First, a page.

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Increased competitiveness thanks to efficient use of composites

Composites already form the basis for a number of eye-catching innovations in the aerospace and automotive sectors among others. They are lighter and more energy-efficient, have a higher performance level, and provide for greater design freedom. Their use makes unique combinations of a host of properties possible. Making the right choices is key to the breakthrough of optimally designed lightweight components, with each of the substructures being made of the most appropriate material. 

The Sirris Leuven-Gent Composites Application Lab (SLC Lab) was set up to meet this rising demand. Companies can go there to develop their composite materials and these materials' applications. Experiments are carried out in close cooperation with KU Leuven and Ghent University.

Projects in 2016

Improved composites with sensor technology

2016 saw the end of the SBO project Self-Sensing Composites, whose objective was to develop embedded sensors and stretchable electronics with innovative properties that could be integrated into various types of composite materials. Four promising sensor technologies have been developed: micro-structured optical fibers, polymer waveguides, dielectric sensors, and one-time use stretchable electronics. With use over time, the sensors have the potential to cut the pre-production cost of composites. They will be also be used to enhance structural composite components and will boost confidence in composite technology in general. Furthermore, a new measurement method was developed, which enables accurate, precise, robust, and fast measurements to be made of otherwise distorted signals. The developed technologies were checked using 'technology evaluators' and through various industrial cases.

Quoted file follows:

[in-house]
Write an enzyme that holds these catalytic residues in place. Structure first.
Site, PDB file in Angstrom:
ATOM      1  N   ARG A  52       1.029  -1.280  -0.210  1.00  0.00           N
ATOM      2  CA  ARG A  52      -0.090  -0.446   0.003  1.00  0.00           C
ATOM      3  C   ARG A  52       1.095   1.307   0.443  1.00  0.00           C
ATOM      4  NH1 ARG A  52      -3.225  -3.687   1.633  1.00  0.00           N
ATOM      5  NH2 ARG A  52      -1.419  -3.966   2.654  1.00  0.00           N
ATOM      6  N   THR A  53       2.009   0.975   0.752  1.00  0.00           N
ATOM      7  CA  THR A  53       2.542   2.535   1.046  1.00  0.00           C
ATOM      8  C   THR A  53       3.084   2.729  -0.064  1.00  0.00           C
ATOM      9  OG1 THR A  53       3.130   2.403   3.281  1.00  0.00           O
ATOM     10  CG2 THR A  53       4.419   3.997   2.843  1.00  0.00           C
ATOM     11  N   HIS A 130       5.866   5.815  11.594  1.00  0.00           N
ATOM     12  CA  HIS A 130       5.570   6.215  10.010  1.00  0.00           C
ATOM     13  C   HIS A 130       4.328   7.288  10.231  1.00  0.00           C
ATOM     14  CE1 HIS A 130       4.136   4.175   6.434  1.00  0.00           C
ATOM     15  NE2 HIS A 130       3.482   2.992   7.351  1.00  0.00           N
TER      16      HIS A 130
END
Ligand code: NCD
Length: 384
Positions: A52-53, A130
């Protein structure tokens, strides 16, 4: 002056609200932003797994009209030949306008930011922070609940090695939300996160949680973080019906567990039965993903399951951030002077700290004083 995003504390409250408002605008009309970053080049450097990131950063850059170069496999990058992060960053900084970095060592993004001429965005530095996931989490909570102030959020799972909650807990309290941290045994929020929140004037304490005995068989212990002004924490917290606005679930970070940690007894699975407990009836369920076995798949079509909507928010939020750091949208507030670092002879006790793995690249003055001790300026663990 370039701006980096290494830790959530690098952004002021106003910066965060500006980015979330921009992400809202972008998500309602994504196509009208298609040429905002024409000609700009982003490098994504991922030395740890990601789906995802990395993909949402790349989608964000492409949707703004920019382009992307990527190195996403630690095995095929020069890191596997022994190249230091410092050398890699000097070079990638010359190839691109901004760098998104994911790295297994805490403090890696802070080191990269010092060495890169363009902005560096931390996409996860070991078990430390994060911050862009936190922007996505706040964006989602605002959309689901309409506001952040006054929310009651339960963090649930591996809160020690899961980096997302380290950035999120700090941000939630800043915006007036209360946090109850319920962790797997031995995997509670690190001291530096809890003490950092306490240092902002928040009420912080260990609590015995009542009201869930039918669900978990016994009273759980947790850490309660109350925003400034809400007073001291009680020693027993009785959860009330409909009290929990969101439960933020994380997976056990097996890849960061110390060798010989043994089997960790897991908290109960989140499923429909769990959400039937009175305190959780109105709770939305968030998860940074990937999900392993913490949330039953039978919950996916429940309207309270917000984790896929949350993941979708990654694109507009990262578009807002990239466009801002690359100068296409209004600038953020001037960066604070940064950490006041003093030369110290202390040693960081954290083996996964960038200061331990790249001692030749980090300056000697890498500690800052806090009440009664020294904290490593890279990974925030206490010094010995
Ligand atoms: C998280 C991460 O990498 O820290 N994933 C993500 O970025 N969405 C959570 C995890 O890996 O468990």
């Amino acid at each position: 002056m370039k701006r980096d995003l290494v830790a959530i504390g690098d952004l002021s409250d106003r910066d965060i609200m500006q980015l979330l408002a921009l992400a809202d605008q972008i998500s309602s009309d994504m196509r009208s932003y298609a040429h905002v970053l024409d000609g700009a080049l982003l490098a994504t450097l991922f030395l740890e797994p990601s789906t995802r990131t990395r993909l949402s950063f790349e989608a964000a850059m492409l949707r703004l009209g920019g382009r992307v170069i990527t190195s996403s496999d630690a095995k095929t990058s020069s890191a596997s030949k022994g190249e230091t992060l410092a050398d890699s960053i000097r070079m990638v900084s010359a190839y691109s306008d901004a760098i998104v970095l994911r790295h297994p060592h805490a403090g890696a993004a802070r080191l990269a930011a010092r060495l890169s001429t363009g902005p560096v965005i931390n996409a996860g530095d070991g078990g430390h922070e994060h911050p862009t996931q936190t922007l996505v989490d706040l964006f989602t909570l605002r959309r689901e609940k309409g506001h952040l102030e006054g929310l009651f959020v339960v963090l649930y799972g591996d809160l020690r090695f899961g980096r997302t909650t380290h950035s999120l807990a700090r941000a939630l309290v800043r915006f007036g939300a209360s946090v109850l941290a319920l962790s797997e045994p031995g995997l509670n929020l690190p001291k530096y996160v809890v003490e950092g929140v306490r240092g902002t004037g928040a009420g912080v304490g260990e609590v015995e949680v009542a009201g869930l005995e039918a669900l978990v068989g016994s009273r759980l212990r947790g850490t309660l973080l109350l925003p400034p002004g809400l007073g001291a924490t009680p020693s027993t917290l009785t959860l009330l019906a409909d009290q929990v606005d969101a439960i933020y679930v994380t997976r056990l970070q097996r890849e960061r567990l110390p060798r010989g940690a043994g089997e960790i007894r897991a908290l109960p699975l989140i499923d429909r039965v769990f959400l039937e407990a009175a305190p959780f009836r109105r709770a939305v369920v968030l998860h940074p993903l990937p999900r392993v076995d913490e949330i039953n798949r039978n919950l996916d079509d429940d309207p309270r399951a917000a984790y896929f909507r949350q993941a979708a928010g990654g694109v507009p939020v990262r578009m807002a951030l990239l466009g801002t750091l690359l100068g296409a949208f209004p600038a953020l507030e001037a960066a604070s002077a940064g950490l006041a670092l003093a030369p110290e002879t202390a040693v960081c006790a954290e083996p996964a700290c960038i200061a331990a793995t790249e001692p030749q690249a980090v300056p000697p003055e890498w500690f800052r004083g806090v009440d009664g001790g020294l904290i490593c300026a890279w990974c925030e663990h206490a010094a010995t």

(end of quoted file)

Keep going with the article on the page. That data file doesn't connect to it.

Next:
Companies increase their competitiveness by making efficient use of composites

With six highly relevant themes the CompositeBoost project partners want to provide the missing tools and methodologies for designers and OEMs to make the right choices of materials. Masterclasses, demonstrators and exploratory cases will be used to transform composite processors into reliable manufacturing companies and partners. In this way Belgian companies can keep maintaining and strengthening their position in the face of competition from abroad. In 2016, as well as launching a host of industrial projects, we organized a series of crash courses on composites and a first masterclass.

Closed material loops also for composites

OVAM teamed up with Sirris, VKC and Vito to embark on research into recycling thermosetting composite materials. The aim of this study was to close the loop for composites by means of, for example, a sustainable design, re-use and recycling, waste-stream optimization, improved collaboration within the value chain, and appropriate regulations. The research can be found in the form of a report published by the Public Waste Agency of Flanders (OVAM). This report provides a picture of the current market for fiber-reinforced thermosetting plastics in terms of applications, used materials and quantities, production techniques, and processing options for the waste. In addition, the report gives an assessment of market trends and sets out a number of policy recommendations to enhance the quality of recycling of these plastics. Based on this information and details obtained from international companies, the Sirris department dealing with sustainability along with the SLC Lab published two white papers on this subject as part of the CompositeBoost project: